Nato attack: Pak to boycott Bonn Conference on Afghanistan
Pakistan has decided to boycott the Bonn Conference on Afghanistan next month in protest against the cross-border Nato air strike that killed at least 24 of its soldiers, a move being seen as a "major setback" to US-led efforts to bring the Taliban to the negotiating table.Updated: Nov 27, 2011 15:53 IST
Pakistan has decided to boycott the Bonn Conference on Afghanistan next month in protest against the cross-border Nato air strike that killed at least 24 of its soldiers, a move being seen as a "major setback" to US-led efforts to bring the Taliban to the negotiating table.
The decision to boycott the crucial conference to be held on December 5 to discuss ways to end the conflict in Afghanistan was made during an emergency meeting of the Defence Committee of the Cabinet chaired by Premier Yousuf Raza Gilani, 'The News' daily reported today quoting its sources.
Foreign Ministers of over 90 countries are likely to attend the Bonn Conference that is expected to discuss key issues like the withdrawal of foreign forces from Afghanistan and negotiations with the Taliban.
US secretary of state Hillary Clinton had planned to meet foreign minister Hina Rabbani Khar on the sidelines of the conference.
"Pakistan's absence from the conference would be a major setback to the US-led efforts for bringing the Taliban to the dialogue table," the report claimed.
During Saturday's meeting, Pakistan army chief Gen Ashfaq Parvez Kayani was "composed but firm about his approach" while Gilani was in "utter anxiety and hardly could control his emotions" over the Nato air strike on an army post in the restive Mohmand tribal region, the report said.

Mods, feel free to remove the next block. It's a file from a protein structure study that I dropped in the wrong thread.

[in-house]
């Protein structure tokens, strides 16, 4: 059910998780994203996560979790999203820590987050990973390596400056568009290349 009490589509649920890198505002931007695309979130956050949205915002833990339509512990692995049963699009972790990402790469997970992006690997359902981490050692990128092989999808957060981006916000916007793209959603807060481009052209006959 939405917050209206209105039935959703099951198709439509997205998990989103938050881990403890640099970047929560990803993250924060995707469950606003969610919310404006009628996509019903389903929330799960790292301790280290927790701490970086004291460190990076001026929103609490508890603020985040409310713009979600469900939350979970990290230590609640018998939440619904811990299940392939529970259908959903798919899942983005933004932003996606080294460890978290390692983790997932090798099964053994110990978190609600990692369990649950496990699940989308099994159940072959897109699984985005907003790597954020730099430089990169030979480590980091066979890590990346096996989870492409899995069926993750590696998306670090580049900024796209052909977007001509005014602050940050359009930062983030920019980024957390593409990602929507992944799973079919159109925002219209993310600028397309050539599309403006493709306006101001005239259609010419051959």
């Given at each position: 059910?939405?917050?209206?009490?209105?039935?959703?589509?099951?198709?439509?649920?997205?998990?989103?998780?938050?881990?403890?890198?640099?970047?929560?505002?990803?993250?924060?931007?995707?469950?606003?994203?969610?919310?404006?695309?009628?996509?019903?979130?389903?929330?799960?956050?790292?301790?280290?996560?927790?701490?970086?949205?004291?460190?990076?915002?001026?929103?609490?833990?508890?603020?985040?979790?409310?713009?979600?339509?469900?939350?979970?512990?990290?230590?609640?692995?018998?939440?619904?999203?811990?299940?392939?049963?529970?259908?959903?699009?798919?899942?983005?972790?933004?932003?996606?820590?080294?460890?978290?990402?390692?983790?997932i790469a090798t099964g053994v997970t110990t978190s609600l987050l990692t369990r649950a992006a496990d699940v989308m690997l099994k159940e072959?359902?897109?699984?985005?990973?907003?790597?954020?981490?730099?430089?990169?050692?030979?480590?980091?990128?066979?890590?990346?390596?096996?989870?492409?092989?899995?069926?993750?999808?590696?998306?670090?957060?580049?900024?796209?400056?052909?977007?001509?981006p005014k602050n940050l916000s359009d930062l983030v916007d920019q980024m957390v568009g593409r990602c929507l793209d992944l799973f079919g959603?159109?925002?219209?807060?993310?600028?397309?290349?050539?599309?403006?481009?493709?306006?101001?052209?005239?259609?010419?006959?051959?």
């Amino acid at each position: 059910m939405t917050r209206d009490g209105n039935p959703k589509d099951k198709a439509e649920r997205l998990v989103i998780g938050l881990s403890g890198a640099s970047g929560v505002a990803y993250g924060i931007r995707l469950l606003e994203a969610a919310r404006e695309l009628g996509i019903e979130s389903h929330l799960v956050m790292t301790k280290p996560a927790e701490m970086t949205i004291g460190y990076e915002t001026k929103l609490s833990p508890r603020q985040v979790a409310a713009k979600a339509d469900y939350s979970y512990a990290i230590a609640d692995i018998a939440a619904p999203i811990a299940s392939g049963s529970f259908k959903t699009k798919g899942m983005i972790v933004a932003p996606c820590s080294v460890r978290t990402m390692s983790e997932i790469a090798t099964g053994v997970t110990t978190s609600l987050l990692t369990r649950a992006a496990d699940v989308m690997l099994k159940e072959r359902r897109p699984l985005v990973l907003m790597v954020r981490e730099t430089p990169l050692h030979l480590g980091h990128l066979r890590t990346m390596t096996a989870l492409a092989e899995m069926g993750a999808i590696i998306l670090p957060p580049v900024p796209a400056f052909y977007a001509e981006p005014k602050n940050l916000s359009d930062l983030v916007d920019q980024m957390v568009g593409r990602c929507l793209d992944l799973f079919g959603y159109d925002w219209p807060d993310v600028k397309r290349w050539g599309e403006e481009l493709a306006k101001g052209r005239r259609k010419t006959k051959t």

Finance minister Abdul Hafeez Shaikh reportedly opposed the idea of taking "harsh action" in retaliation for the air strike and asked the participants to make a fair assessment of the consequences of the action being taken by Islamabad.
Foreign minister Khar was among those who were "visibly upset about the episode," the report said.
A statement issued after the meeting said the Pakistan government had decided to close all Nato supply routes.
The government also asked the US to vacate the Shamsi airbase, believed to be the main base for CIA-operated drones, in 15 days.
The News report said Gilani referred to the resolution on national security adopted at a joint sitting of Parliament following the US raid that killed Osama bin Laden and suggested the government would again take up the matter in Parliament.
Gilani is expected to make a decision in a day or two about summoning another joint sitting of Parliament.
The meeting of the Defence Committee of the Cabinet also decided to strengthen air defences on the border with Afghanistan.
Air surveillance would be enhanced so that the response to any further incursion would be "effective", the report said.
First Published: Nov 27, 2011 15:52 IST